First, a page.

University life in a few words: lectures, notes, papers, exams, presentations, and more exams, all washed down with endless cups of coffee. While you’re probably stuffed to the brim with productivity-boosting techniques, study strategies, and tips for conserving your energy, have you given any thought to what happens when graduation day rolls around? How would you like to feel when you toss your cap into the air? What knowledge would you like to have acquired?
Take advantage of these ten things you have to do before your student days are over. Master them and you’ll be more than ready for life outside the campus walls.
1. Start limiting negative self-criticism
Sometimes we can be our own worst enemies. You’d think we’d want the best for ourselves, but unfortunately, that little voice in our head is persistent. «You screwed up again», «Why would they give you that position?». “You are going to fail”, and so on. Learning to silence that voice – your negative self-criticism – takes a lifetime. Take your first step by doing a very simple exercise: when you notice a negative thought (about not doing as well as you thought you would on a test, not getting the practice you really wanted), admit it, accept it, and let it go. Visualize the thought as it disappears, popping like a balloon or locked away in a box. With practice, that negative self-criticism will diminish and you will have a more confident and positive attitude toward life in general.
2. Say “YES” to opportunities
Newsflash: the world is not limited to your country, city, or neighborhood. Lucky for you, it is much more complex and interesting. Cultivating curiosity about other cultures is perhaps the most important thing you can do to get to know our world. Is there a French movie or Asian food festival this weekend? Check out. Do they offer capoeira or African dance classes near your house? Sign up with a friend. Only good things can come out of these new experiences.
3. Don’t close yourself off
Doing that… it’s easy to go down the road of saying “I don’t like…” or “I’m not good at…”. But you know what? You are a work in progress. Maybe you liked chess or Vietnamese food. You may have been very good in a kickboxing class or as a part-time tutor. Whatever the situation, start ignoring the voice in your mind that tells you “no way.” Instead, give “I’ll try” a chance.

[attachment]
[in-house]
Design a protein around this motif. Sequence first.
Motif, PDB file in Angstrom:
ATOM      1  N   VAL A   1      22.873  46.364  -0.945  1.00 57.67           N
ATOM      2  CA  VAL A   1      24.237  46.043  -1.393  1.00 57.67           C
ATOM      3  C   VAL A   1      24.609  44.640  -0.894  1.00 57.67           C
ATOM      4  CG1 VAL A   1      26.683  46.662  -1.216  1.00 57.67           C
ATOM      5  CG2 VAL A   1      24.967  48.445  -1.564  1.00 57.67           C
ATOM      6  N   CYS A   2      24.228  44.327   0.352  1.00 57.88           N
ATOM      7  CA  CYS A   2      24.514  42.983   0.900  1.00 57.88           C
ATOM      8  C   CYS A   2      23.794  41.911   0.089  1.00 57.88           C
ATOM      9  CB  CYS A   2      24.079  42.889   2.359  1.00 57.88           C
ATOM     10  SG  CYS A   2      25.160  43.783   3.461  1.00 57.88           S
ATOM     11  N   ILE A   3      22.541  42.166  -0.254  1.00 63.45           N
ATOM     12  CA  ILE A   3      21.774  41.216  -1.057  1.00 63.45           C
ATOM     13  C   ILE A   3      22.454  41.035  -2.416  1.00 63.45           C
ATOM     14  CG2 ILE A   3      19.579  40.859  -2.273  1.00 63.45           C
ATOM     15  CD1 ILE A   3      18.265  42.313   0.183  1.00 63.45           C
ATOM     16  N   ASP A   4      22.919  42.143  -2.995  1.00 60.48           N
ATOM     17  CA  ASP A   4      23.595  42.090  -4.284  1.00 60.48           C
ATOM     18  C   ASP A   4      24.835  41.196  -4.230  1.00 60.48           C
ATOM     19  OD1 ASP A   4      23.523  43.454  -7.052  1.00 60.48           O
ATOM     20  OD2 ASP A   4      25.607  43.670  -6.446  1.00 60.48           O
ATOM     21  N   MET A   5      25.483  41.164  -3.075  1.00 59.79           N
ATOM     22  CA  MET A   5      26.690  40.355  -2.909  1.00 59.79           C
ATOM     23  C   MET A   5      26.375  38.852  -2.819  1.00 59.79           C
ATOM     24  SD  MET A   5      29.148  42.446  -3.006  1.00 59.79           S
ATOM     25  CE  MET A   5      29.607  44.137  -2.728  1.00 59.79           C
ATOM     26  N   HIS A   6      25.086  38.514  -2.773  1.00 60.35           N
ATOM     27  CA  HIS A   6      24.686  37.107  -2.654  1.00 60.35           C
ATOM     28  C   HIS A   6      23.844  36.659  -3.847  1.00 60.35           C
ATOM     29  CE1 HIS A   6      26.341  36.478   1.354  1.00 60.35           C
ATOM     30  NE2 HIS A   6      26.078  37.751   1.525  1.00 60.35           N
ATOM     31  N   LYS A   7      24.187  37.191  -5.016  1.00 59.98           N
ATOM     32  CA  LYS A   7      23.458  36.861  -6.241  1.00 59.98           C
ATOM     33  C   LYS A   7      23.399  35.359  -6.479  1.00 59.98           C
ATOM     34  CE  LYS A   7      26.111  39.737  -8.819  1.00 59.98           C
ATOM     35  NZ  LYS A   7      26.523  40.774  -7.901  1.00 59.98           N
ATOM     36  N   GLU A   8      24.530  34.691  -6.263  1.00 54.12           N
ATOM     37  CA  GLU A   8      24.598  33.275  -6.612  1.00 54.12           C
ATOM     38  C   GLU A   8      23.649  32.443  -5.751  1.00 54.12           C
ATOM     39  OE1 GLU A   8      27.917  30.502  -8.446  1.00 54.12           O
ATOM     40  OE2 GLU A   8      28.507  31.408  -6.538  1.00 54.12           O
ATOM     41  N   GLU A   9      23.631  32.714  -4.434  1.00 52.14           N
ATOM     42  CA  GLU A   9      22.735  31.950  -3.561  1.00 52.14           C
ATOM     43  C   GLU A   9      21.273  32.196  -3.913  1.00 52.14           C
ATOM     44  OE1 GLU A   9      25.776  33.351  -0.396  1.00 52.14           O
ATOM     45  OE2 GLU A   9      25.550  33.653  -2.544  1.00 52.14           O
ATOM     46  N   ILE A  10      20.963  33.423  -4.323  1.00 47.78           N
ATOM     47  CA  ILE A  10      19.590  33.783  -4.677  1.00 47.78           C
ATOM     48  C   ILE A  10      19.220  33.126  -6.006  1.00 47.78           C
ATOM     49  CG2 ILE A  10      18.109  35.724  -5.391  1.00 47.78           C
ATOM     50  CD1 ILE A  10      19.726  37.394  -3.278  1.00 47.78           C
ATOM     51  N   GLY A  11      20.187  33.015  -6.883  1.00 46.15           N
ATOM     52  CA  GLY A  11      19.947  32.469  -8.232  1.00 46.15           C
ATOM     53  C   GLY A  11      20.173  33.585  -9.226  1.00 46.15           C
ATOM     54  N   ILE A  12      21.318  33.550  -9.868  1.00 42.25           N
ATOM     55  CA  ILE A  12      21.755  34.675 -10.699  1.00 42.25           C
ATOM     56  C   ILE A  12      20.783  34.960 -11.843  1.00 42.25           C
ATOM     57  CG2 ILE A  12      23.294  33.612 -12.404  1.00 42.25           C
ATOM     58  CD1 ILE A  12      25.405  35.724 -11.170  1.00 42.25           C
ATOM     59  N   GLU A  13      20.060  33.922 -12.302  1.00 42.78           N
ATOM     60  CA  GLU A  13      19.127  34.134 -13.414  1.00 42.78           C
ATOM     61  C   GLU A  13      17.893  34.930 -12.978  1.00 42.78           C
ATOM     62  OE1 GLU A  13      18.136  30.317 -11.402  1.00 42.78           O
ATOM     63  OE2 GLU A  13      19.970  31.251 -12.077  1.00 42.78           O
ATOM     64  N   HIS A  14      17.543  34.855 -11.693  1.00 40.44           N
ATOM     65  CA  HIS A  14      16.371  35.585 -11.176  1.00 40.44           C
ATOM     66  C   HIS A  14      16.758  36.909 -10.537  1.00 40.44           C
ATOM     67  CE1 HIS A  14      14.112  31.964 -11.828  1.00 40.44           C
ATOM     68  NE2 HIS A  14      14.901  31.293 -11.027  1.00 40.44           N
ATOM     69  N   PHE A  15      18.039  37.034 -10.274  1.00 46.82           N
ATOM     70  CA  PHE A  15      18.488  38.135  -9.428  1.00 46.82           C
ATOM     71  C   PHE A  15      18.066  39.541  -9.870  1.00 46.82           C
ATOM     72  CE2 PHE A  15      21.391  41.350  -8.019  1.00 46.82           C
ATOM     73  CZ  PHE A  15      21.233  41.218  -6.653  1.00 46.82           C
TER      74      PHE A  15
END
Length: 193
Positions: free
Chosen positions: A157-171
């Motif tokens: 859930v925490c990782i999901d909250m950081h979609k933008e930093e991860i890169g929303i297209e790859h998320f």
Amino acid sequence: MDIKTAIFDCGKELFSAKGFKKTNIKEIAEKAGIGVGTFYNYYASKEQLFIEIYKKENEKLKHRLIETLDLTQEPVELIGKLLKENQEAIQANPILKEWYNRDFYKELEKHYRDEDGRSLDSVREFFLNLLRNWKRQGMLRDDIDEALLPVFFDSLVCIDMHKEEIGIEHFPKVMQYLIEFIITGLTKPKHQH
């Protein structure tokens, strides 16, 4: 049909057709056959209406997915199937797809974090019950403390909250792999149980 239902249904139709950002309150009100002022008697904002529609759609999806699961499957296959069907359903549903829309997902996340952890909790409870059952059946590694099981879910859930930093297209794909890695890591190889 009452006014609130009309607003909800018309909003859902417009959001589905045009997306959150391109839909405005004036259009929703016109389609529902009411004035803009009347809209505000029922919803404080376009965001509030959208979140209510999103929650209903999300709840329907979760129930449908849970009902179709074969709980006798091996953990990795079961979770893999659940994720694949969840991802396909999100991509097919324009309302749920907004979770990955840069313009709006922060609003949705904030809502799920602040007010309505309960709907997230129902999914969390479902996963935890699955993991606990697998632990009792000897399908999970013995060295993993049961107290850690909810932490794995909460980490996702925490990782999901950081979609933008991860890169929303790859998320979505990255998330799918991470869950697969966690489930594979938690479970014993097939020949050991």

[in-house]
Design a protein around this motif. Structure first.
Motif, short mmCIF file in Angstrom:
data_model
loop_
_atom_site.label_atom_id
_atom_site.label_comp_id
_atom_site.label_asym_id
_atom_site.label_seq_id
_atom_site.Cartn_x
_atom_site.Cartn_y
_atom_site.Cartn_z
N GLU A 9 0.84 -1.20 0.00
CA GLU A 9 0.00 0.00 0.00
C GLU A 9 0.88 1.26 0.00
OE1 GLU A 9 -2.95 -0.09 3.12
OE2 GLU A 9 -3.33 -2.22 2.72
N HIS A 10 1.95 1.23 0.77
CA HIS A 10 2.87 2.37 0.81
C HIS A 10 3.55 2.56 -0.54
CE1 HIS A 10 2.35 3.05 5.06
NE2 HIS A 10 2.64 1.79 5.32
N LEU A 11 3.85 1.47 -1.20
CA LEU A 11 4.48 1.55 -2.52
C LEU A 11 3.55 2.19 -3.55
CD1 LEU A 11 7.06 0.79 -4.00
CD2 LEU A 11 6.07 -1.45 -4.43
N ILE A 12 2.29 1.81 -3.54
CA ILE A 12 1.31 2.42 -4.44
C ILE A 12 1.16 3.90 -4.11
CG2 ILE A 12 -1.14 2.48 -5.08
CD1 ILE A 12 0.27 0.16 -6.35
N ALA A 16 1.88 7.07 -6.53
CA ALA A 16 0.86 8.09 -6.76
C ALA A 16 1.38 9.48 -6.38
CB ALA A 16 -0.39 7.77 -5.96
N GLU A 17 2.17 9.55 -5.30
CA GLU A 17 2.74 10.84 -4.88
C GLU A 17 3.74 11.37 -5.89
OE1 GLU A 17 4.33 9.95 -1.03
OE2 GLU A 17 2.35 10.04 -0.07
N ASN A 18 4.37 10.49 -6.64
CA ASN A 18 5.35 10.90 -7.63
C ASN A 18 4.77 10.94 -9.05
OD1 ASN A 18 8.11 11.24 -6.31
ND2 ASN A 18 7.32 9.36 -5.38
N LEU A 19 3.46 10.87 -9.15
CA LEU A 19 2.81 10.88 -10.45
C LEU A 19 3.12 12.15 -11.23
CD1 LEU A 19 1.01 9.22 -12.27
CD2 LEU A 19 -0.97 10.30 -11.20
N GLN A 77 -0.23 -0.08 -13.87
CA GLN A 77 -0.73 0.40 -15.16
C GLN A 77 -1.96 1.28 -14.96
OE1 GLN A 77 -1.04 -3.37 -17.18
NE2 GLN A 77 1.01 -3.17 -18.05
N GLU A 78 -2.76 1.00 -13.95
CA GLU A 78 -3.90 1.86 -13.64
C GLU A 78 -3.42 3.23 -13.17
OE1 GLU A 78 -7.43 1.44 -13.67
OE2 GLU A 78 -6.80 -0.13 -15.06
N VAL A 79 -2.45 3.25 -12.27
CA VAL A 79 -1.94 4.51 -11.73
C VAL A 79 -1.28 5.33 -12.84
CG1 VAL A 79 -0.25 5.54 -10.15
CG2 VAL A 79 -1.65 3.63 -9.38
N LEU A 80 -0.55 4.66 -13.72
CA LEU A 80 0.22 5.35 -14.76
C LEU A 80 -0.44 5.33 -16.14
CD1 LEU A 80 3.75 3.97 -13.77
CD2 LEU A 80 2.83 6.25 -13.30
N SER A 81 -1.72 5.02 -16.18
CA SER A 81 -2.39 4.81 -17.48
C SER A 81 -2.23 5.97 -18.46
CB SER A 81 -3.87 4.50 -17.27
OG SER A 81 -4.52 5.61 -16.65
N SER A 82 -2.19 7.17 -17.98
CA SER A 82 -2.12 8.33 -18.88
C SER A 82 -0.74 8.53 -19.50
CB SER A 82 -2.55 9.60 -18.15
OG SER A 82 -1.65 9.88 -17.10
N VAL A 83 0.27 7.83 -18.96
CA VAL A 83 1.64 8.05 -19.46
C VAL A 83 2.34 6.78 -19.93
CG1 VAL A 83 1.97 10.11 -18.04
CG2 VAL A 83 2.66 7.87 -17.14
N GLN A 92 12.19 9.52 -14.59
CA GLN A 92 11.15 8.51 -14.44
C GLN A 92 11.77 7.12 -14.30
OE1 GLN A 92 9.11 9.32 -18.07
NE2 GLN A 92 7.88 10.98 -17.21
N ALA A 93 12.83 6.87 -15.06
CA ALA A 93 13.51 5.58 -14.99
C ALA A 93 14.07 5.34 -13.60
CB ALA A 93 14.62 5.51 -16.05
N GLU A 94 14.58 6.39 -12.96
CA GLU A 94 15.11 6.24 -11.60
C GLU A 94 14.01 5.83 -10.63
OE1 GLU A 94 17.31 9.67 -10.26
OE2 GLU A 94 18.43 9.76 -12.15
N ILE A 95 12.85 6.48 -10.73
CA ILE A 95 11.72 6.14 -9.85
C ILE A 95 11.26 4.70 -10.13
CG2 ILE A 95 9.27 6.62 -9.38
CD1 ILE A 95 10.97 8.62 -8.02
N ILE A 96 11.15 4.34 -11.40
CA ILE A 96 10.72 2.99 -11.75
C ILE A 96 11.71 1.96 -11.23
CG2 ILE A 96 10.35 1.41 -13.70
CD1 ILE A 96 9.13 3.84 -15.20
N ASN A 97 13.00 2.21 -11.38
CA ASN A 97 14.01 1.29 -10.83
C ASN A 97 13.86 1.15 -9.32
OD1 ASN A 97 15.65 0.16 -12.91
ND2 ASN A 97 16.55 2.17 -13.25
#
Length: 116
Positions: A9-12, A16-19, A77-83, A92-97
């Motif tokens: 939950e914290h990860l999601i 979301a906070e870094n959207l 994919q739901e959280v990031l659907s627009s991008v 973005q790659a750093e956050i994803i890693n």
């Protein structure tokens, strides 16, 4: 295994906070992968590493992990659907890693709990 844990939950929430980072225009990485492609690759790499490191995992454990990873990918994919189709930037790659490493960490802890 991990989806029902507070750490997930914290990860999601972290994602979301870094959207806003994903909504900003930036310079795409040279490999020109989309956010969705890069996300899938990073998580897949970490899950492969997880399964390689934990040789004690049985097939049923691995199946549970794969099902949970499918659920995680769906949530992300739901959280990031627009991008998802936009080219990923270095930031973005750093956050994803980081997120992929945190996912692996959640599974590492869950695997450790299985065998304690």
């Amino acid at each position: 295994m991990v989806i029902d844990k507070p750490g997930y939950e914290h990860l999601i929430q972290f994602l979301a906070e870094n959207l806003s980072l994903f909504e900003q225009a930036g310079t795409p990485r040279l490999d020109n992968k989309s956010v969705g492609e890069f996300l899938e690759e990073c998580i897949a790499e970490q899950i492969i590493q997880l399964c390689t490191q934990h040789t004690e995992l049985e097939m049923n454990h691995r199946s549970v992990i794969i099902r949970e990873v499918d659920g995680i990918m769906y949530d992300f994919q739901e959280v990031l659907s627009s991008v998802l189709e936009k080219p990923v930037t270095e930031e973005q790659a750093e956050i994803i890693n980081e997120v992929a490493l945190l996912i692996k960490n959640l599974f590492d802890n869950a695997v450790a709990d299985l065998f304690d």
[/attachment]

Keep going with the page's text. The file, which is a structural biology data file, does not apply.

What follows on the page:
4. Take responsibility for your mistakes
Blaming others is easy. But is it effective? After pointing fingers at one another, you feel better in the short term. But wait a while and you will see that constantly blaming others is immature. Have you failed an exam? It wasn’t your noisy roommate’s fault: next time, go study in a quiet library or coffee shop. Have you hurt a friend’s feelings? Don’t ignore the situation: buy him a coffee and apologize. But also beware of the tendency to wallow in such thoughts, and don’t let it turn into the kind of negative self-criticism we discussed: admit it, decide to do better next time, and then let it go.
5. Make a wish list
What would you like to see and experience in your life? How about studying abroad? Traveling through Australia, Canada, or Brazil? Learn another language? Take a gap year to teach English, dive, or work as a babysitter? Put these ideas that are in your head on paper. Wish lists are a great way to visualize all the possibilities that await you. Remember, there is a lot of life to live after graduation. A lot.